Date of Graduation


Document Type


Degree Name

Master of Science in Crop, Soil & Environmental Sciences (MS)

Degree Level



Crop, Soil & Environmental Sciences


Trenton L. Roberts

Committee Member

David M. Miller

Second Committee Member

Jason P. Kelley

Third Committee Member

Nick R. Bateman


Fertilizer Nitrogen Recovery Efficiency, Furrow Irrigated Corn, Late Season Nitrogen Applications, Mid-south, Nitrogen Use Efficiency, Nutrient Accumulation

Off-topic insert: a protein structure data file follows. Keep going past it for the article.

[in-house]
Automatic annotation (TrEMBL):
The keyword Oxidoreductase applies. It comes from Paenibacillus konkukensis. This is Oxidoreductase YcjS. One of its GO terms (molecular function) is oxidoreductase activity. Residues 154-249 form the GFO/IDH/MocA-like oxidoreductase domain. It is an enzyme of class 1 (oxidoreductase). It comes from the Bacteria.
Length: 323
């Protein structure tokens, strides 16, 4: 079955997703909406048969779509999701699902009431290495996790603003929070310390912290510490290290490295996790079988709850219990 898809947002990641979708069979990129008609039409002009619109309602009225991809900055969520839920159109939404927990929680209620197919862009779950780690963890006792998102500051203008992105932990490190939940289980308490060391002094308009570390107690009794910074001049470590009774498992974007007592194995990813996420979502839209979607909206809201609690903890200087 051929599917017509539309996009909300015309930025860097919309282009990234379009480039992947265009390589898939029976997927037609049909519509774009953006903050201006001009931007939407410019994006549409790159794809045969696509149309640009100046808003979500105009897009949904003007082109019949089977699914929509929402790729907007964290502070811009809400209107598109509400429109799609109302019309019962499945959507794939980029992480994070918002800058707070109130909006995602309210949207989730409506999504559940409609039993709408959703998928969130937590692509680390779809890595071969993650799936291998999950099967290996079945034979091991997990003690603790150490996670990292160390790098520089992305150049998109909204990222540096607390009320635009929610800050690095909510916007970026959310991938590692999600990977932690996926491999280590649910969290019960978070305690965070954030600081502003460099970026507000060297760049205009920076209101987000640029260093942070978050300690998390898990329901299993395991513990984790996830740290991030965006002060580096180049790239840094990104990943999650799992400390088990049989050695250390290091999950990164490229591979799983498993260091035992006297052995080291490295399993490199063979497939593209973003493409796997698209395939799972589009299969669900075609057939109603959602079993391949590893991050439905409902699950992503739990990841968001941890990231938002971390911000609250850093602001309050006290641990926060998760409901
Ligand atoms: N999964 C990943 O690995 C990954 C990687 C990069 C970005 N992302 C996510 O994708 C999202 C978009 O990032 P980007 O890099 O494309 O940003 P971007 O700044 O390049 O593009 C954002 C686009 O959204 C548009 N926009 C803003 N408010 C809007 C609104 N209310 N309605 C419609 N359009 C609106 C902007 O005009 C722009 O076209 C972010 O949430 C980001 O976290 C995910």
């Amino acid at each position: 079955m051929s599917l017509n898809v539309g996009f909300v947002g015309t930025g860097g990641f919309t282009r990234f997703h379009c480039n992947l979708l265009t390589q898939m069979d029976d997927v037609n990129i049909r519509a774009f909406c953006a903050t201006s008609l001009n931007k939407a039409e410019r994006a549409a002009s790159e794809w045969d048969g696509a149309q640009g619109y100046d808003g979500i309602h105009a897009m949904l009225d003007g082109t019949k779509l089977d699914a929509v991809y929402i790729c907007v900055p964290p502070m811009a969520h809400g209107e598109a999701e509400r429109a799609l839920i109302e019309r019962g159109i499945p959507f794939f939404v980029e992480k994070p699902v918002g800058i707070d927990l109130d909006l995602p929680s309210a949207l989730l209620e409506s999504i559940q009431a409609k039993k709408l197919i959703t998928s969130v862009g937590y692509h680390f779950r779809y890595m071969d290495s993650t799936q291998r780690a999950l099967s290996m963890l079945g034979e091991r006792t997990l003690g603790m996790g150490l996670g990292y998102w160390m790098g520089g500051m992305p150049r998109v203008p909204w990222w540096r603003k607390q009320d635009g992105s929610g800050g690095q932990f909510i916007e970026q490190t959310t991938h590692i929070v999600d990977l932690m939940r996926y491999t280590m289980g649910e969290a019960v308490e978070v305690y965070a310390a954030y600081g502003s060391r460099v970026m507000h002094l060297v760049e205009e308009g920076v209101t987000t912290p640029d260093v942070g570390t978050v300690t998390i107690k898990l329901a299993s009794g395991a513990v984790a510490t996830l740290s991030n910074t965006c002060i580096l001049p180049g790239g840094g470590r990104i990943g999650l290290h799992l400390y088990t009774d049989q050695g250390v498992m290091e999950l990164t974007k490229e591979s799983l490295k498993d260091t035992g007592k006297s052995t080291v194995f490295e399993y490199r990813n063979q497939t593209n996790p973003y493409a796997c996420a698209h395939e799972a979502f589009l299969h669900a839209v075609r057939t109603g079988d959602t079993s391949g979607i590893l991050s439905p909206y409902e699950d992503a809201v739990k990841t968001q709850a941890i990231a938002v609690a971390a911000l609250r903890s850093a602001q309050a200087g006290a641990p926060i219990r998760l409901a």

Corn (Zea mays L.) production continues to be a critical component of row-crop production systems within Arkansas and is seeing a resurgence in recent years. Nitrogen (N) is critical for corn growth and is often one of the single largest input costs associated with corn production. Research objectives for this study were to determine the nitrogen use efficiency (NUE) of late season N applications as influenced by sidedress N rate and timing of pretassel application and to quantify the nutrient uptake and partitioning in modern era corn hybrids within a furrow-irrigated production system. Research was conducted at the Milo J. Shult Agriculture Research & Extension Center (SAREC) near Fayetteville, AR and the Pine Tree Research Station (PTRS) near Colt, AR during the 2018 and 2019 growing season. Eight different N treatments were implemented as a combination of sidedress rate and pretassel N application timing. At the sidedress application timing near the V6-V8 growth stage, either 90 or 112 kg N ha-1 was surface broadcast as urea. At the pretassel growth stage, treatments received either 0 or 50 kg N ha-1 surface broadcast as 15N-labeled urea and were compared across two different application timings; early tassel (VT) or at late reproductive stage 1 (R1). To assess N-fertilizer use, whole plant samples were collected at R2, R4, and R6 and analyzed for total N uptake and atom% 15N to assess Fertilizer Nitrogen Recovery Efficiency (FNRE). Results indicate that N uptake from pretassel N applications were more efficient at the early tassel stage (79% FNRE) compared to late R1 (50% FNRE) applications (P <.0001). A significant sidedress rate by growth stage interaction (P=0.0146) was identified and indicated that FNRE was maximized at R4 sampling time (79% NUE) when the 112 kg N ha-1 sidedress rate was used. This data indicates that earlier applied pretassel N applications near the VT growth stage are preferred and improve NUE in Arkansas corn production and that optimal rates of sidedress N can result in high NUE of pretassel N applications under furrow-irrigated corn production. Total aboveground biomass reported in this study was higher than what has been previously reported in the literature and may be attributed to irrigation and enhanced fertilizer management (split applications). Total nutrient accumulation was 326.6 kg N, 62.0 kg P, 437.2 kg K, 30.7 kg Mg, 28.0 kg S, and 686.4 g Zn ha-1, respectively. The average grain yield produced was 15.2 Mg ha-1. The general nutrient uptake patterns could be described as sigmoidal, consisting of a curved shape, a peak accumulation period followed by a transition of nutrient remobilization. These results help to identify the season total nutrient demand for modern era corn hybrids produced in a furrow-irrigated production system and will help guide future soil fertility and nutrient management decisions to ensure maximal corn yield and producer profitability are achieved.